and trampling problems. Please read and abide by the following Wildlands
At remote wilderness
locations that show little or no obvious impact, try to keep it that way.
Where no trails exist, spread out on durable ground, such as rock, or
gravel to avoid creating new paths. Avoid fragile areas, such as steep
hillsides or the black, castle-like cryptogram that's found in some desert
scrub locations. Making approach routes with cairns or flagging takes
away the thrill and challenge of route finding people seek in these remote
At access areas
that see frequent traffic, the natural impulse is to make a beeline up
through the brush or rocky outcrops to the desired area. Instead, take
a moment longer to seek out and follow established paths and trails. A
few footsteps off the trail may cause significant damage to the vegetation
and attract further trampling and erosion, so remaining on existing paths
is crucial. Try not to use trails that have been closed and respect rehabilitation
sites carefully. Work in existing areas designated on your Wildlands map
as “outing work areas”, if possible, to center your activities
on already barren areas. If no established sites exist, try to choose
work site at least 25-50 feet from water on durable ground. Consider sites
where either the vegetation is very resilient, (e.g. grasses), or the
ground is bare (e.g. rock, gravel or sand). Avoid working and congregating
on delicate flowers and woody ground covers as they are easily crushed.Try
not to "improve" destinations by moving things around. If you
move a few rocks to make a flat place to sit or work, put 'em back before
seasons and after rains, soft trails and roads are easily rutted and damaged,
accelerating erosion during future runoff. Consider postponing your trip
or choosing a different route to avoid the muddiest days. Keep four wheel-drive
vehicles and mountain bikes on routes designated for such Wildlands’
access. Driving your vehicle off established routes in a pristine spot
will leave a path that may tempt others to do the same. Use only established
routes and parking sites instead.
How to Spread Out
Use and Impact in Pristine Areas There may be situations
when you are forced to select a work site above the high water line or
where no one has worked before: a "pristine" site.
ground for these work sites. This is the most important consideration
in determining where to set up equipment or tables on pristine sites.Non-vegetated
areas such as slickrock, rock outcrops, gravel bars and sand beaches are
the best. Forest duff is reasonably resistant for one day's use, but avoid
crushing plants or seedlings, as forest floor vegetation is fragile. Grassy
areas and dry meadows can also make good pristine work sites. They are
quite resistant and capable of recovering rapidly from the effects of
one or two days of minimum-impact use. When deciding whether to work in
a meadow, consider your potential impact on wildlife.
the number of times any site is used.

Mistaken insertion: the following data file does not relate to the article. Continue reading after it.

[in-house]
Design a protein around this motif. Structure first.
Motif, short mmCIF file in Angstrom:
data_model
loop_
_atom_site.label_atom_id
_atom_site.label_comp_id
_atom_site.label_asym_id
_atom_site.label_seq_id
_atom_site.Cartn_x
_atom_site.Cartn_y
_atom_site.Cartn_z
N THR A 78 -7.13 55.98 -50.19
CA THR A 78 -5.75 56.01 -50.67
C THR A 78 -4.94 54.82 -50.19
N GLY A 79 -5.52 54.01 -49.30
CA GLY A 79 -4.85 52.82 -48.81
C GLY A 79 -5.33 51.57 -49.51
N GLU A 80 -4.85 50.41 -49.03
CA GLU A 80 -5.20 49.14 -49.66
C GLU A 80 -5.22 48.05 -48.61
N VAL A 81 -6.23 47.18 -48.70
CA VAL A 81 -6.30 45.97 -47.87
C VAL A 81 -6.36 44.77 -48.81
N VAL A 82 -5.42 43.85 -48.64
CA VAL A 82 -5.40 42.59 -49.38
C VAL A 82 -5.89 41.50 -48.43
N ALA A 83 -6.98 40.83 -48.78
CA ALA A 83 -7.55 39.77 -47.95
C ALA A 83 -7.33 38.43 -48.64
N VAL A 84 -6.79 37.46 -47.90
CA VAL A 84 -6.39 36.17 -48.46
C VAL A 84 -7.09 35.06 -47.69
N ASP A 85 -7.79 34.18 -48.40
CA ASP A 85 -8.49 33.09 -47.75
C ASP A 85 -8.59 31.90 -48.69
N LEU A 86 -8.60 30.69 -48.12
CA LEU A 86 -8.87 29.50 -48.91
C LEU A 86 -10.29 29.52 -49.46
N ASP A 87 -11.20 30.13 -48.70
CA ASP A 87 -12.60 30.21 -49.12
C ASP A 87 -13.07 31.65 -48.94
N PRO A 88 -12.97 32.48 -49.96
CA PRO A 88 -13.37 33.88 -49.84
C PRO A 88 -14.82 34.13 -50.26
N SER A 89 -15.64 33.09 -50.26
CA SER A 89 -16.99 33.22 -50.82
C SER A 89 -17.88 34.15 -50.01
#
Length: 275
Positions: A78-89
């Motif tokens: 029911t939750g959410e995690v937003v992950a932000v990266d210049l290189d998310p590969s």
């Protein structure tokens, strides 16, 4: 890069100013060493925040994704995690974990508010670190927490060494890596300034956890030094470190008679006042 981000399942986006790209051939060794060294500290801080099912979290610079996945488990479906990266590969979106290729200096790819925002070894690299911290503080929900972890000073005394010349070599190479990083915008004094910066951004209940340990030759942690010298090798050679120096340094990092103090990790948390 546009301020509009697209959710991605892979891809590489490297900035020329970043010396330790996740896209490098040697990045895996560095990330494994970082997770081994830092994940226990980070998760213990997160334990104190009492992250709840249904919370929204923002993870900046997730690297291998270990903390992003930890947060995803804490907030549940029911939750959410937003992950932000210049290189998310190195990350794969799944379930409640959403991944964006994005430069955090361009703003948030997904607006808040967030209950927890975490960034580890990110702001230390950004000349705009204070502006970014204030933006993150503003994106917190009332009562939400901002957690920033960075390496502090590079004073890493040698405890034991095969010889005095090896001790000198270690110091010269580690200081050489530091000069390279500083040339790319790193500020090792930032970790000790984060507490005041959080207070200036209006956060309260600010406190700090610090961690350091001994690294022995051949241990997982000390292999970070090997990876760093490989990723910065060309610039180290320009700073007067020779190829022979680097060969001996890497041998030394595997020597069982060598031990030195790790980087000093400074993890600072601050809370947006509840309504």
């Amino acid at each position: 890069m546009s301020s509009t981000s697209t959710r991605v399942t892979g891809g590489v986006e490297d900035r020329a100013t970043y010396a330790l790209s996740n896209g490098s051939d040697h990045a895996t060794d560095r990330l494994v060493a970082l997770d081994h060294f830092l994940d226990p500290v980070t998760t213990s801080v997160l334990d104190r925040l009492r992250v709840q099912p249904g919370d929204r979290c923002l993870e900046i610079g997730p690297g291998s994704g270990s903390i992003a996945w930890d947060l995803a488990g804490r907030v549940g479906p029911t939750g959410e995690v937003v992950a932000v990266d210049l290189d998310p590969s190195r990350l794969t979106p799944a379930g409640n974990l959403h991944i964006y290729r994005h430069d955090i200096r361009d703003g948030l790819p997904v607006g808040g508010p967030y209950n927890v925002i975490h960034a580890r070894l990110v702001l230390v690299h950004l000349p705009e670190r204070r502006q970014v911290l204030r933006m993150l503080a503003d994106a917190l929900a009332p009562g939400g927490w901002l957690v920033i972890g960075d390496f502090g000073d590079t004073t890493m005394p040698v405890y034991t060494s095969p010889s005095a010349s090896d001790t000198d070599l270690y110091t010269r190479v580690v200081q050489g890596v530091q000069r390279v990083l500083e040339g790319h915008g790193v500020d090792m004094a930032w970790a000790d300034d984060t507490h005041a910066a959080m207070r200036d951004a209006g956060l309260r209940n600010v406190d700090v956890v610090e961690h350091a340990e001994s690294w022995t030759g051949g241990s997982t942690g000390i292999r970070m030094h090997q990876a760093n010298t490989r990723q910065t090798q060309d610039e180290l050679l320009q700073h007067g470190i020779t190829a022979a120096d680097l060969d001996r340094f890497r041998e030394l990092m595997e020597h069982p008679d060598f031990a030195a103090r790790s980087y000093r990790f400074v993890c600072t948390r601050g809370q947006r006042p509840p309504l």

Spread out student teams (triads), avoid repetitive traffic routes and
move work sites often. Wear soft-soled shoes when possible, and watch
where you walk to avoid crushing vegetation. Take alternate paths when
you enter and leave the work area to reduce impact. Move and work in an
area as if a predator was tracking you.Try
to leave no trace or trail pointing to your presence.
riparian areas. The riparian zone is the fragile, green area along
the banks of the river or any side streams. Wildlife depends on the riparian
zone for food, water, cover and shelter. The riparian area is also a natural
travel route for migratory birds and animals. If you can't camp on a sand
beach or in an established site, a good rule of thumb is to work at least
25 feet from the river, and 50 feet (approximately 18 adult steps) from
side streams and springs. This will help protect the fragile Mojave River
the work site when leaving. Covering scuffed up areas with native
materials, such as dried leaves, brushing out footprints, and raking matted
grassy areas with a stick will help the site recover. This extra effort
also helps hide any indication that your group has worked there, and makes
it less likely that other Wildlands travelers will work in the same spot.
When leaving site, make sure it is clean. Pick up all litter and food
scraps-leave only footprints.
Pristine Work Sites or Destinations Where Impact is Just Beginning
Most pristine work sites or destinations located above the high water
line can withstand some use and still recover. However, a threshold is
eventually reached where vegetation cannot grow fast enough to keep pace
with the trampling that occurs, and areas of bare ground are created.
Once this occurs, the site will expand rapidly and deteriorate with continued
use. This turning point for a particular site is affected by many variables
including climate, soil type, vegetation, elevation and aspect. For some
dryer location along the Mojave River, this level of use may be as little
as one or two visits a season.Avoid non-designated, pristine sites that
show slight signs of use.
work sites that show slight use are best left alone. With time and
rest, these work sites may revert back to their natural appearance. Unfortunately,
the effects of continued trampling on these sites often encourages growth
of non-native and noxious weeds that provide poor forage for wildlife.
It often takes active revegetation efforts to regrow native plants, a